“I always wanted to go from start to finish. It makes sense to me to have the goats, produce the milk, make the cheese, sell the cheese. If we were just producing milk to sell as a pure economic activity, we’d have 1,000 goats and we’d have them all locked indoors all year round, pumping milk out of them and that would be that. That’s not the game I’m in, I just don’t like that idea. We get 2.5 litres per goat per day and it takes 5 litres to make a kilo of cheese.

“This year has been a complete disaster on the restaurant side, but we still have retail. Tesco take a lot of cheese from us, Health Food Shops, SuperValu and Lidl throughout the year too. Now we’re working to reinvent ourselves a little this year as business to customer rather than business to business. We’re creating an online shop, selling hampers and other products.”

 Kevin and Liz O’Donovan with their children Eabha and Caolán at the Gloun Cross Dairy at Gloun North, Dunmanway, Co Cork. Picture Dan Linehan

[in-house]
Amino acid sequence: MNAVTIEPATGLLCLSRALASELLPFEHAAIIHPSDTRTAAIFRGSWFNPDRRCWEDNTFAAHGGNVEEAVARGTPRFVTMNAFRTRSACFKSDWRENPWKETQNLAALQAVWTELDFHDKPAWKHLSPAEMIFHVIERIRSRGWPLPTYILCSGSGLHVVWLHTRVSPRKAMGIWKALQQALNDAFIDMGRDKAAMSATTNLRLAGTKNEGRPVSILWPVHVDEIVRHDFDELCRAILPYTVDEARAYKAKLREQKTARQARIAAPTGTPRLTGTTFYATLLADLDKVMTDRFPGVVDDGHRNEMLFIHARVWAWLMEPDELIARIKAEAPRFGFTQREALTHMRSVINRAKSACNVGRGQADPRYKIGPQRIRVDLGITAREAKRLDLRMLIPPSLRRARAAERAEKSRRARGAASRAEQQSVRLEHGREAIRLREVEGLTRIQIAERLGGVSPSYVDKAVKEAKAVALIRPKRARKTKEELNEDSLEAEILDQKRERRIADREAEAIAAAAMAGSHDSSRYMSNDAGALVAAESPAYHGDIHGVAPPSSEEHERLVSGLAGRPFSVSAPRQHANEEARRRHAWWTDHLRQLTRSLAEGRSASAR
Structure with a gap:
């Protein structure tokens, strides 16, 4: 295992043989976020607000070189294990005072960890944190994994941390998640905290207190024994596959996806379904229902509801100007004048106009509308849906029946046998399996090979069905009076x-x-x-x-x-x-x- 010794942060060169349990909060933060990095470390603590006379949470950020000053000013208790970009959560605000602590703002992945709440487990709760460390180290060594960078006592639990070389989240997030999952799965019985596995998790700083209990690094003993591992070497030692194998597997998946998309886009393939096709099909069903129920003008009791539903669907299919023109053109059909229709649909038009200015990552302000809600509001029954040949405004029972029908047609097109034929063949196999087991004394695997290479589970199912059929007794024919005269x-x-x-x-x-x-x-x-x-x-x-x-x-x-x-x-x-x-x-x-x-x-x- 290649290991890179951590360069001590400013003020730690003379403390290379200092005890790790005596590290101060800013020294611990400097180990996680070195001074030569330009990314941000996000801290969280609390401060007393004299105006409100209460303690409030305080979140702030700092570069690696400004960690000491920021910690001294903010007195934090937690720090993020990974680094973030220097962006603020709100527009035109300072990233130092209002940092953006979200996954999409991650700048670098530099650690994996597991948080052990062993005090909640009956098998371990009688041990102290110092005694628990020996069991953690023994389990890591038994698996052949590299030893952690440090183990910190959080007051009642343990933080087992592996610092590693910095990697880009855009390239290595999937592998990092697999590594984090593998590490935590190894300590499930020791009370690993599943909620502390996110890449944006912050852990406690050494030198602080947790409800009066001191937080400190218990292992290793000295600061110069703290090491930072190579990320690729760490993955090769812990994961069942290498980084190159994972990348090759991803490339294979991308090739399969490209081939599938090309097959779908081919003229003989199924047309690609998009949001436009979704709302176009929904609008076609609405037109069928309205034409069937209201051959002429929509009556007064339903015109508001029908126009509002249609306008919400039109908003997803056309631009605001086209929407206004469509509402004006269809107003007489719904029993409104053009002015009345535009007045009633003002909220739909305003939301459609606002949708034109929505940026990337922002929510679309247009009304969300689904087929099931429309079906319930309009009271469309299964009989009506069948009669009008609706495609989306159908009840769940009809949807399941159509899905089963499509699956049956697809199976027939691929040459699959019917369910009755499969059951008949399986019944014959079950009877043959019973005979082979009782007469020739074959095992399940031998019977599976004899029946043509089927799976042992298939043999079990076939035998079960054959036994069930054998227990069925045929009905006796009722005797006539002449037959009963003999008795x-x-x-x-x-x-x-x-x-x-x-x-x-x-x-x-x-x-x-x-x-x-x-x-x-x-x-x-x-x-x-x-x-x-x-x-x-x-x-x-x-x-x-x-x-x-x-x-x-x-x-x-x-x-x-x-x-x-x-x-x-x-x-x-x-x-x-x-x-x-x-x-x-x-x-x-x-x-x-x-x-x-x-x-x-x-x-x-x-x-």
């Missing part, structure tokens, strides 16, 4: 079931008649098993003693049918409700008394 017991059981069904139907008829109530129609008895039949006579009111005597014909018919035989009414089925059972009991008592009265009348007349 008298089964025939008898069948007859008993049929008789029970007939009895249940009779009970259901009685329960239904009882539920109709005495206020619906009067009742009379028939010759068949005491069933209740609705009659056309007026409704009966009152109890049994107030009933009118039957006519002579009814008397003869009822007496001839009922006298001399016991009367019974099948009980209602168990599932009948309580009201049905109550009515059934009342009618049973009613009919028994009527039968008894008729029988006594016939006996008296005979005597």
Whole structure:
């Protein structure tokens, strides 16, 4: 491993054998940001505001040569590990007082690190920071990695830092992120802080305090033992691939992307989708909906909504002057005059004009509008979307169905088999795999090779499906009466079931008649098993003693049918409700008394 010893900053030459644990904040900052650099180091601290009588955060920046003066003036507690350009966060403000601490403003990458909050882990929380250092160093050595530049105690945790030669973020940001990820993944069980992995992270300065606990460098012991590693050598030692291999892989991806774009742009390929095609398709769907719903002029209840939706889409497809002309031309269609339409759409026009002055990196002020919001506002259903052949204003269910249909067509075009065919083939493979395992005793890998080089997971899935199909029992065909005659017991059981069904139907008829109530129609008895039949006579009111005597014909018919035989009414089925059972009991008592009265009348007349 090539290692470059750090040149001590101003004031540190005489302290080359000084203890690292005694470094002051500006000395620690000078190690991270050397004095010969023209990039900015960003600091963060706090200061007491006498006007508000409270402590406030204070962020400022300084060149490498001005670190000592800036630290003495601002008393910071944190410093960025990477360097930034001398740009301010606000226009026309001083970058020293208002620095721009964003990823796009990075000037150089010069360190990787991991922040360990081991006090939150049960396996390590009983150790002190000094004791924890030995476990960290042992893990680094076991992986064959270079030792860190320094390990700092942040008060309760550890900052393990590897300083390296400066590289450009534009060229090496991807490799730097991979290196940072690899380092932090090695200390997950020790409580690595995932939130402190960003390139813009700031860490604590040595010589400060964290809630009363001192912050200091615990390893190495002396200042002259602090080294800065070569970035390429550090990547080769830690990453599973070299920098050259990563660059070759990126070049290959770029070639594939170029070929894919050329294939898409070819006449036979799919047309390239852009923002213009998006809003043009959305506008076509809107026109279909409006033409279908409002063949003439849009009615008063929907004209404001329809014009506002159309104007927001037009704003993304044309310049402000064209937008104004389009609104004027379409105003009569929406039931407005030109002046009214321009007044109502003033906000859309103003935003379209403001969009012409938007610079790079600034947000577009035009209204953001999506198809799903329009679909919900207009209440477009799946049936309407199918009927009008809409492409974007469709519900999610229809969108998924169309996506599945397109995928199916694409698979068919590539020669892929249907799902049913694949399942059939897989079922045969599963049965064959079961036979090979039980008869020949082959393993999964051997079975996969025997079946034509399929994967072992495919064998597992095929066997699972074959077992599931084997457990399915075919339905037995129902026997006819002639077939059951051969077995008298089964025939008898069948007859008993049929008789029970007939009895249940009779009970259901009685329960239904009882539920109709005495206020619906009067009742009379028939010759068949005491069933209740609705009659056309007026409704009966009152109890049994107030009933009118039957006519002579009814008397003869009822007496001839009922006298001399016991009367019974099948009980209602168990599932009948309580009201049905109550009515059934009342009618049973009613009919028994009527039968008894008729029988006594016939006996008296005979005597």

Kevin and Liz O’Donovan with their children Eabha and Caolán at the Gloun Cross Dairy at Gloun North, Dunmanway, Co Cork. Picture Dan Linehan

Gloun Cross Dairy — Kevin and Liz

O’Donovan, Gloun North, Dunmanway

2016 was a renaissance year for this family farm near Dunmanway. Forced to reassess everything after milk prices hit rock bottom, the O’Donovans had to find a way to get as much out of the farm working only with what they had. They decided to move away from supplying a local Co-op and bring production in-house, resulting in a fine quality milk — “milk like the old ways,” says Kevin.

“In 2015, the price of milk was on the floor. Around the same time, costs for running the farm were gone so high and the price of the milk was so poor we needed to see if there was a way we could still make a living out of a small farm to bring it into a viable enterprise.”

The herd size of 65 on a farm of 44 acres produces up to 6,000 litres of milk per cow per year.

“Before, we milked just Friesians, but the herd now is a mix with Jerseys too,” says Kevin.

“Because of what we’re doing, we had to have Jersey in the herd because we wouldn’t get the same taste or cream out of Friesian — you can’t beat a Jersey for what we’re doing.”

Gloun Cross Dairy are recognisable for their traditional glass milk bottles. The milk is pasteurised but non-homogenised, allowing for the cream to rise to the top. Shaking the milk bottle and pushing in the foil top is an old ritual rekindled for modern consumers.